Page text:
Antonin Pottier is a lecturer at EHESS (École des Hautes Études en Sciences Sociales), and a researcher at the Centre International de Recherche pour l’Environnement et le Développement (CIRED, Paris) and the Centre Marc Bloch (CMB, Berlin). His interests include socio-economic consequences of climate change and its mitigation, the history of economic thought and its relations with the environment, as well as the role of economics in public decision-making. In Comment les économistes réchauffent la planète (Paris, Seuil, 2016), he studied the diagnosis of climate change made by economic literature and the solutions it proposes. He is currently working on the interactions between social justice, inequality and emission reduction measures.
Many studies have investigated the carbon footprint of households. Here we open a new field by discussing the emissions that individuals enable by providing labor and capital to companies, using the framework of income-based (downstream) responsibility. Our results show that inequalities in emissions do not strongly interact with economic inequality. Yet they are gendered...
The article examines the relationship between a household's income and its carbon emissions (the carbon footprint). It is found that, generally, the carbon footprint grows less rapidly than expenditure, and confirms that the income elasticity is lower than the expenditure elasticity
This article provides a panorama of greenhouse gas (GHG) emission inequalities between French households. It presents in a detailed and critical manner the methodological...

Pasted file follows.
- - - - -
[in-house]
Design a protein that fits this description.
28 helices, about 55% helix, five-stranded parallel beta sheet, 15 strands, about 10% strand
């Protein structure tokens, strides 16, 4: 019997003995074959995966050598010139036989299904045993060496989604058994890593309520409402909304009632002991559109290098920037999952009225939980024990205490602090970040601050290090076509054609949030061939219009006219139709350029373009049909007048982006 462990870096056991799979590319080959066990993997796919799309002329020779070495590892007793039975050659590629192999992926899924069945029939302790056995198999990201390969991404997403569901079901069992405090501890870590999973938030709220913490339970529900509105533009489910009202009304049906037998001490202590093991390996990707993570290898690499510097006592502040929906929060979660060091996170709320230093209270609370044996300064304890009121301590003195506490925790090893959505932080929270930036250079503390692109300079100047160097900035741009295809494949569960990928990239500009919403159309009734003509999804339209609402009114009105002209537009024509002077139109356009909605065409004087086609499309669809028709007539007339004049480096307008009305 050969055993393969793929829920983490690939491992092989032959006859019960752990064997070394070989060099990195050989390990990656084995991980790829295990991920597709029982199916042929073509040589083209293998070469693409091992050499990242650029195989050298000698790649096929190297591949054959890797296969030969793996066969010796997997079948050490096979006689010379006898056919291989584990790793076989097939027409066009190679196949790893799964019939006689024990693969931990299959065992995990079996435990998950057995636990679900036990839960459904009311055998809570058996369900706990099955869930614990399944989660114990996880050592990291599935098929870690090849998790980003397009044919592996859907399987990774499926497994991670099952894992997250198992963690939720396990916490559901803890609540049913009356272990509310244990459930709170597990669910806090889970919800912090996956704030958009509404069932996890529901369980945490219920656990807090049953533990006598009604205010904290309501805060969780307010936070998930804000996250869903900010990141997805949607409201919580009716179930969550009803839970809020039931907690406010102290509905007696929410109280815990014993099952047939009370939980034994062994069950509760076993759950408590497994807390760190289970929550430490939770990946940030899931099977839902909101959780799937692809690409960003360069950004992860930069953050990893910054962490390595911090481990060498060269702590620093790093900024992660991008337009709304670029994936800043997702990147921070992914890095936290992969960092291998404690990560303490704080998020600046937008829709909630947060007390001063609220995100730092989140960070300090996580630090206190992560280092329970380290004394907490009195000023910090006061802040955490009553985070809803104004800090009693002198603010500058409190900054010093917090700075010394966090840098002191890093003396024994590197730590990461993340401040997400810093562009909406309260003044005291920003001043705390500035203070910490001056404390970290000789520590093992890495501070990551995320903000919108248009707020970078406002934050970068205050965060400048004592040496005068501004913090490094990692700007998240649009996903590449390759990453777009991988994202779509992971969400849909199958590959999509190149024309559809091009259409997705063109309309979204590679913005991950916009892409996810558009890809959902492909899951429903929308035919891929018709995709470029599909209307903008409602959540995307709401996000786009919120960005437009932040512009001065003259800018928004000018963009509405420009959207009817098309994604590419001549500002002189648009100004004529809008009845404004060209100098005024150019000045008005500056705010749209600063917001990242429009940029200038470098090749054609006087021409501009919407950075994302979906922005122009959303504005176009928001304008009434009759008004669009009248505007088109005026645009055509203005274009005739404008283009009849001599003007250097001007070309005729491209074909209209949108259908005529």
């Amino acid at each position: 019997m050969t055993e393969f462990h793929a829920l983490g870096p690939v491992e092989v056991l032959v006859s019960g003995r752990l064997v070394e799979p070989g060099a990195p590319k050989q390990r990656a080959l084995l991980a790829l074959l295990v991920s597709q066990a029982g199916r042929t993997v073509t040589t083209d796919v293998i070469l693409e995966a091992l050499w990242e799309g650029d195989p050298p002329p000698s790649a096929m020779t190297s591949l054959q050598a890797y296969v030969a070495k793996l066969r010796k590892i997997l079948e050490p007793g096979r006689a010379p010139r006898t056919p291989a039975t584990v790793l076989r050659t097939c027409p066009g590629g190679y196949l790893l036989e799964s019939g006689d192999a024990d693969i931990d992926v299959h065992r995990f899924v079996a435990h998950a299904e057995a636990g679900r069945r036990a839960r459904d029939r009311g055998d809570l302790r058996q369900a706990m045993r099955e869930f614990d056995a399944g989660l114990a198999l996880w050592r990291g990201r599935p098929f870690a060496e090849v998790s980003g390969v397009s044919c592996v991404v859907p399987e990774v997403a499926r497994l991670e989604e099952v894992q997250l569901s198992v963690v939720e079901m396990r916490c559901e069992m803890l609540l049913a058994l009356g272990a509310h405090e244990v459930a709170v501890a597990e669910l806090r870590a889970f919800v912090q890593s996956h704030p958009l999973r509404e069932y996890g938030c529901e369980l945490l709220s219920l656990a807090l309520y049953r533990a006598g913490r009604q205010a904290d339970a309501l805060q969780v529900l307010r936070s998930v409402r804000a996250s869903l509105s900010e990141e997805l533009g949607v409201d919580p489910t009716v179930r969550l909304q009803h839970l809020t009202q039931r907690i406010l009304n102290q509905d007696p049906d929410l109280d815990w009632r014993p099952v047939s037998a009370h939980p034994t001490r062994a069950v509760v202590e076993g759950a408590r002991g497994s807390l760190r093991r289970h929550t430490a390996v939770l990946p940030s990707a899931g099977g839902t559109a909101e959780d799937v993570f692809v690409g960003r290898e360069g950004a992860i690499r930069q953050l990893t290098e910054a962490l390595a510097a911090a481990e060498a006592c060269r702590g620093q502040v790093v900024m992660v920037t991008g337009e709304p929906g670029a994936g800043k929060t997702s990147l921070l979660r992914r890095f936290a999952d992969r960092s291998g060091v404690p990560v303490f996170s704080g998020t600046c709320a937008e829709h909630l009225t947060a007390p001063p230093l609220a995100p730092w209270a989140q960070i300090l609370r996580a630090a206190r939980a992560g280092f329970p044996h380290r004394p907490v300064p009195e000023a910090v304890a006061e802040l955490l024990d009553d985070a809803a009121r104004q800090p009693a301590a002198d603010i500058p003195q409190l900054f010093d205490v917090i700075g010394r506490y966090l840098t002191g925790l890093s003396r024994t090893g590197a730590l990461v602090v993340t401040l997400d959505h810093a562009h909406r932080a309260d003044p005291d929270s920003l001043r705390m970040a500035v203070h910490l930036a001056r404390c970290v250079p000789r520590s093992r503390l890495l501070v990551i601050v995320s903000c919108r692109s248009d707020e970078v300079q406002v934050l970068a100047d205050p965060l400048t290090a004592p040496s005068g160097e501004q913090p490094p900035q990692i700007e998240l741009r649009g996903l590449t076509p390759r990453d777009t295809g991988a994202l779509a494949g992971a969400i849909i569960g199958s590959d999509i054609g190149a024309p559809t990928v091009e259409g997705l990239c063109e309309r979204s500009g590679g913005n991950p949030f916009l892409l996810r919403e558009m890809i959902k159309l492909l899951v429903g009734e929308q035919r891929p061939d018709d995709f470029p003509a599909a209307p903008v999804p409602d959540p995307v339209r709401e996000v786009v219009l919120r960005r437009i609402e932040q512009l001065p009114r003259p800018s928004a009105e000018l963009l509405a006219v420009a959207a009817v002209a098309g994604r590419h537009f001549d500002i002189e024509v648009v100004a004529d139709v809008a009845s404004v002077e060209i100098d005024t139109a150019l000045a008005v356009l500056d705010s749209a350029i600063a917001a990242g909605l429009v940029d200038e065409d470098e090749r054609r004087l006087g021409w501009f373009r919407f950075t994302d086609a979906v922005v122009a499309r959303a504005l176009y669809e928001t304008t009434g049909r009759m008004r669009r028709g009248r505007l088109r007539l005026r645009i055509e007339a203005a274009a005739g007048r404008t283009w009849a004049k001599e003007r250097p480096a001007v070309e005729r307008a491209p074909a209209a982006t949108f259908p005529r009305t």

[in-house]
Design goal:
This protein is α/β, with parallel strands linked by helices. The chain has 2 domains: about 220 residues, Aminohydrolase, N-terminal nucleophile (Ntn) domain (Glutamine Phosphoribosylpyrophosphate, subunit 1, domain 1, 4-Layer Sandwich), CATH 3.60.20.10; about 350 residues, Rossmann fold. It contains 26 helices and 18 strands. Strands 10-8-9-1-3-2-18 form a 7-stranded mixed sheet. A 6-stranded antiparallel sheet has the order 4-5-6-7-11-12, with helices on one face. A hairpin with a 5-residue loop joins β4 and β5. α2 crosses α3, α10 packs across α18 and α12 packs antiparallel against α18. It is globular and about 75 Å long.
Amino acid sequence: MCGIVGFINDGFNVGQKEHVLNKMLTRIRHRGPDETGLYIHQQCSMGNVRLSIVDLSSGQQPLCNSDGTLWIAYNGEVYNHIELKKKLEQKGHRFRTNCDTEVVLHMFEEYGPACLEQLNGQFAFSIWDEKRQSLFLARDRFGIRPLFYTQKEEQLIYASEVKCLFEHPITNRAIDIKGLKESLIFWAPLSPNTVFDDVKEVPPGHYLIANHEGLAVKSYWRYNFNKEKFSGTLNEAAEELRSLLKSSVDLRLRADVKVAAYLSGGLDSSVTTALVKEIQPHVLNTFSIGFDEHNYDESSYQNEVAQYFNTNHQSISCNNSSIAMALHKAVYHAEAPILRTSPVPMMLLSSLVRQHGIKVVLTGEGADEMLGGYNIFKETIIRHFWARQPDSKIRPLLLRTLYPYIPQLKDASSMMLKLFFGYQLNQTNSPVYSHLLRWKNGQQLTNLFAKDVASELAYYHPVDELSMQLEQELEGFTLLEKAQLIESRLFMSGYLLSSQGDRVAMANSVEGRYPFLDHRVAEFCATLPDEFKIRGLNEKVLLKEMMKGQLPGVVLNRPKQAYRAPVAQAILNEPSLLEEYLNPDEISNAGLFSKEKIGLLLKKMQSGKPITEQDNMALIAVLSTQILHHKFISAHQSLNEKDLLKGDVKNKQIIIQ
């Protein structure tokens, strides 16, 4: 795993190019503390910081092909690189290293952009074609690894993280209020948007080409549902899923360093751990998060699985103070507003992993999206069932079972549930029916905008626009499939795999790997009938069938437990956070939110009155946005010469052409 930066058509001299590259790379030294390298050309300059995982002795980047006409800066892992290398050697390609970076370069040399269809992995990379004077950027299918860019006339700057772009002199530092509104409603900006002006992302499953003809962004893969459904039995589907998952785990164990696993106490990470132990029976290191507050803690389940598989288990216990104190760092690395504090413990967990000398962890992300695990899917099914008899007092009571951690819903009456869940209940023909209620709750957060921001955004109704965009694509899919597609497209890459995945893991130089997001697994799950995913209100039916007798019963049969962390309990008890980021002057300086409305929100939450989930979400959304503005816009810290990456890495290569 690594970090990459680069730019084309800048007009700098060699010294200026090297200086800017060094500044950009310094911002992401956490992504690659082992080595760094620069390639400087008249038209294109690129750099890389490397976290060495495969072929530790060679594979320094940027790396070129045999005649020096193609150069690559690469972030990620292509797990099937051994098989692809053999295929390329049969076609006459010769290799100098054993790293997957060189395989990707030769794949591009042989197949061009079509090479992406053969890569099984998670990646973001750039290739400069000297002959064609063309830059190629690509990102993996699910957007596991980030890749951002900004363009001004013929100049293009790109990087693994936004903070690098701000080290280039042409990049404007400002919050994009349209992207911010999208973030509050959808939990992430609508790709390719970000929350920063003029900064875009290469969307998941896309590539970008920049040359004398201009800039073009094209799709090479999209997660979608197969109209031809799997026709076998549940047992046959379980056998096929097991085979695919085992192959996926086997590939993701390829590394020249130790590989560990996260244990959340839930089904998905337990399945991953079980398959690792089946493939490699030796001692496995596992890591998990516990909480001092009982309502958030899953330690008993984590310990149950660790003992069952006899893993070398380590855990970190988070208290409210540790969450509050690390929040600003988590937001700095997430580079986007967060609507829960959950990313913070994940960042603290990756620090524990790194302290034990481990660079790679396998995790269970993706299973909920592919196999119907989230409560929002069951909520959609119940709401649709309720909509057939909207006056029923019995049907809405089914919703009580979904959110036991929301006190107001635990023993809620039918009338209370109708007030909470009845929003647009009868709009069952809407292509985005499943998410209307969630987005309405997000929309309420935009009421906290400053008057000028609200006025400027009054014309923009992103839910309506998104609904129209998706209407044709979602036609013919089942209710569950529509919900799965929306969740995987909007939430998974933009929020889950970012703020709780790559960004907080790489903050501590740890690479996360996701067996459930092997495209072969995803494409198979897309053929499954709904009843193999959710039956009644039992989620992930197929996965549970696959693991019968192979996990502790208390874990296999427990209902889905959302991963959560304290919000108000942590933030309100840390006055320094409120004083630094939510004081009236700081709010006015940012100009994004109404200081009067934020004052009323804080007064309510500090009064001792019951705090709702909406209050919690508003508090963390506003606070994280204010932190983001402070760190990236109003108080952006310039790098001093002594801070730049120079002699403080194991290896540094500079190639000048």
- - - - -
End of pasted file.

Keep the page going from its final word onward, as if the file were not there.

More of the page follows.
In "Why environmental management may yield no-regret pollution abatement options", Ecological Economics, 2009, Bréchet and Jouvet claim to have theoretically shown that profits maximizing firms can reduce pollution compared to laissez-faire and increase their profits. We correct multiple errors in their paper, with the conclusion that their claim no longer stands.
This article analyzes the transition dynamics, what Hicks called the traverse, from one equilibrium toward another one—and the conditions for such a transfer—in a bi-sectoral economy under technological shocks.
We examine to which extent the Keen model (Keen 1995) is a faithful modelling of Minsky's Finance. We conclude that the Keen crisis has few Minskian flavours.
Paper published in Economic Theory (Vol. 62, June 2016). This paper examines quantity-targeting monetary policy in a twoperiod economy with fiat money, durable goods and default.
Adopting disruptive technologies for decarbonizing hard-to-abate industrial sectors requires experimentation through demonstration (pilot) projects. However, from an economic perspective, the potential long-term benefits and the difficulties in designing relevant public policies are not addressed in the standard valuations of those projects.
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